Alan Gross's Mission in Cuba: How Much Did the White House Know?

Alan Gross
Jailed USAID contractor Alan Gross, right, poses for a picture during a visit with Cuban Jewish Community leader Adela Dworin, center, and David Prinstein, vice president, at Havana's Carlos J Finlay Military Hospital September 28, 2012. Reuters

Updated | Everyone can rejoice at the release of Alan Gross from five years imprisonment. The reality, however, whether or not he realized it, is that Gross had gone to Cuba as a part of a questionable, far-fetched plan hatched in Washington that ultimately had the goal of toppling the Castro regime.

Anti-Castro politicians and talking heads, such as senators Marco Rubio, a Republican, and Robert Menendez, a Democrat, pretend that Gross had gone to Cuba in 2009 to donate communications gear to the country's small Jewish community. That claim has been broadly shown to be false, in excellent reporting by the Associated Press among others.

A little-noticed report by the Government Accountability Office in 2013 recognized that Gross had gone to Havana under the Cuba Democracy Assistance program at the U.S. Agency for International Development.

That report and its milquetoast conclusion—that the State Department "could better monitor its implementing partners"—obscure a much larger reality—that USAID had been running an illegal covert intelligence operation in Cuba. Well-informed sources backed by documentary evidence detail a brazen scheme well-known to the Cuban government that also was mocked and shunned by U.S. intelligence officers. The subcontractors at the heart of the operation and their protectors in the U.S. government included Alan Gross.

Gross was arrested in Cuba on December 2, 2009 for delivering cell phones and satellite communication equipment to Cuba on a series of trips there. Gross claimed he was on a humanitarian mission to give the cell phones and unfettered Internet access to the Cuban Jewish community. That often-repeated contention is belied by the fact that Cuba's 1,500 Jews generally support the government, their leaders claimed they didn't know Gross until he was arrested, and they had not sought the equipment.

Disclosure of his own documentation filed with the subcontractor he worked for shows that Gross actually was setting up a clandestine network in Cuba, a first step to establish communications for dissidents and U.S. funded operatives in Cuba.

The larger USAID plan involved illegal transmission of funds to front companies that had spent millions of dollars to subvert Cuba, covert action in Cuba and third countries and the illegal licensing and export of sensitive telecommunications material—special shield SIM cards only available to intelligence agencies.

Gross's equipment would eventually create wireless hot spots for a several block radius wherever deployed. Anyone with the access code outside of the Jewish community could use the hot spot to communicate via satellite (and without disclosure to Cuban surveillance) to a person at another hot spot Gross had established, or to control officers in the United States.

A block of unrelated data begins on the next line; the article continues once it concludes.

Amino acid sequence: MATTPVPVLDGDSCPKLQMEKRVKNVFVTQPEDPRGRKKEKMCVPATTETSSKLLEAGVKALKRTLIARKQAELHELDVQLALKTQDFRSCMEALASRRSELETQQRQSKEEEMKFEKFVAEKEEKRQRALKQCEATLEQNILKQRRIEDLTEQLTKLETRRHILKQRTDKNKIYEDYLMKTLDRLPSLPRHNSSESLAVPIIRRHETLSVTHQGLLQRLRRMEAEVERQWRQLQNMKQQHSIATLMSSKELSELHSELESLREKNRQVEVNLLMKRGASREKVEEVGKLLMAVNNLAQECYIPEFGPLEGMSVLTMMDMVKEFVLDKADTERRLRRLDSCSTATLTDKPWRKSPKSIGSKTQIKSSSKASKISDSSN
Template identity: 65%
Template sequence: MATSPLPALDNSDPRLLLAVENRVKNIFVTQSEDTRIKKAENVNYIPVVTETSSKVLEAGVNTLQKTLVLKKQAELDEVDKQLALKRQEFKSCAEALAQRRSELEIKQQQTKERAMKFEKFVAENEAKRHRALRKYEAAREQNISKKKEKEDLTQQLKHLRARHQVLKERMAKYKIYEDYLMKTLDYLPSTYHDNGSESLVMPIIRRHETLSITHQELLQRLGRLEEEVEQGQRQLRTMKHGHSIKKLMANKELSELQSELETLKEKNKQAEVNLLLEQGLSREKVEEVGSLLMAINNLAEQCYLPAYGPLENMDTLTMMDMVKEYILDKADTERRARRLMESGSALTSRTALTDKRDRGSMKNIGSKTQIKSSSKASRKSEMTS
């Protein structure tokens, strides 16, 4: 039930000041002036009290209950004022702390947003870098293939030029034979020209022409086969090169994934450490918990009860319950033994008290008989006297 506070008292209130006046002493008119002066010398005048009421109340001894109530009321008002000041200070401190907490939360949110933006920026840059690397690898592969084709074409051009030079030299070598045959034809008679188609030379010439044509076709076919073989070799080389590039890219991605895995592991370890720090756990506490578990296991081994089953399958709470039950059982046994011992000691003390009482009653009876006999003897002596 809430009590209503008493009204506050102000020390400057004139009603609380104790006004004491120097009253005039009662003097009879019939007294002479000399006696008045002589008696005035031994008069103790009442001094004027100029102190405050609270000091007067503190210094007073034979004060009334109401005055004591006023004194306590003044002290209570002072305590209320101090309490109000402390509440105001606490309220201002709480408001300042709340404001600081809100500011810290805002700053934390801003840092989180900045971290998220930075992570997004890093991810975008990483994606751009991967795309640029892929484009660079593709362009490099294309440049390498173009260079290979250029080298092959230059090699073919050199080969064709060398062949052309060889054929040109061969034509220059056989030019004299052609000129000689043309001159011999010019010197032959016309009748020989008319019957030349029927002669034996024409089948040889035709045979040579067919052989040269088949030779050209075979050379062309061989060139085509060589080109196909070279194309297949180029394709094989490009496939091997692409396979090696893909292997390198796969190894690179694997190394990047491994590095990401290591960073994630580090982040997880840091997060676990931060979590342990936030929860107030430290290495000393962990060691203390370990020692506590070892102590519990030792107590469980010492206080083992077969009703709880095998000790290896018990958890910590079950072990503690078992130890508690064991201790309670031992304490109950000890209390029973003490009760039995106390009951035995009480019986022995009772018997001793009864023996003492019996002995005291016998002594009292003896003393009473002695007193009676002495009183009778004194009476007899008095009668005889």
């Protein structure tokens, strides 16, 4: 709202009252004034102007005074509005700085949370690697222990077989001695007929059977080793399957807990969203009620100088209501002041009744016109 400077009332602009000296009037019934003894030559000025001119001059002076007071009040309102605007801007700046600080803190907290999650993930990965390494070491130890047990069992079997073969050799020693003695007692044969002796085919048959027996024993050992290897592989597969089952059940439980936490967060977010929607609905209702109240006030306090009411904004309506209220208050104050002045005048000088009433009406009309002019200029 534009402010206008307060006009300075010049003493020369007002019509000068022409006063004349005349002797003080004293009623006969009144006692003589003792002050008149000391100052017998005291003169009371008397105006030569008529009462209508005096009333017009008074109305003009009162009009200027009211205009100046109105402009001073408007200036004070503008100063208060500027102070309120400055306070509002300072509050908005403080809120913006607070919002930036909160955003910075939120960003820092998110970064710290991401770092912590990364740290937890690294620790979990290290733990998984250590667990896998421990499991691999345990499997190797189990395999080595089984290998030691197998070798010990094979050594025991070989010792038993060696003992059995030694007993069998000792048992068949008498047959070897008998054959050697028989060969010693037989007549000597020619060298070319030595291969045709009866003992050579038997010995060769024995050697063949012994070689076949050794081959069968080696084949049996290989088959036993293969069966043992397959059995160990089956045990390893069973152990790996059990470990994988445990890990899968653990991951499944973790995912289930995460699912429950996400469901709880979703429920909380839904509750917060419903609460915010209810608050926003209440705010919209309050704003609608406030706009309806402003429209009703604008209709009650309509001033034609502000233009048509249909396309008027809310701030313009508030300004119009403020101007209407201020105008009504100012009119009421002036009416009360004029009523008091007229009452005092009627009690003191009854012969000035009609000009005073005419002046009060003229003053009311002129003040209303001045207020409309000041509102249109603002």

It is illegal under U.S. law for the State Department to run a covert intelligence operation. Authorized intelligence agencies, including the CIA, steered clear of the Cuba program, which intelligence sources said was misguided, amateurish, compromised by Cuban intelligence, embarrassing to U.S. officials and all the while ineffective.

Two key players were Menendez, who works closely with anti-Castro Cubans in the United States as protector of the program from his perch as head of the Senate Foreign Relations Committee, and Mark Feierstein, who had been in charge of the Cuba USAID program. According to a well-placed U.S. intelligence source, their efforts intimidated middle-range bureaucrats and forced employees of USAID to comply and participate in the program. The source added that congressional oversight committee staffers and other government employees long were unable to establish oversight on the illegal program, because USAID officials refused to disclose what they are doing.

Besides the illegality of engaging in covert action, one intelligence source said the participants in the "democracy promotion–regime change programs had special access to licensing officials, expedited procedures and extraordinary freedom. No other license applicant, for example, would be able to bring DOD/IC-quality encryption technology into Cuba. The licensing agencies or Gross himself had to violate the law to do that except if the president had signed a finding authorizing the covert action and related permits."

Still to be determined in the investigation is how much Secretary of State John Kerry (Menendez's predecessor as chairman of the Senate Foreign Relations Committee) and the White House knew about the covert USAID operation.

Peter Eisner, former deputy foreign editor of The Washington Post, specializes in Cuba and Latin America affairs. He can be read at

This article has been updated to clarify the source of information regarding the role played by USAID in Cuba.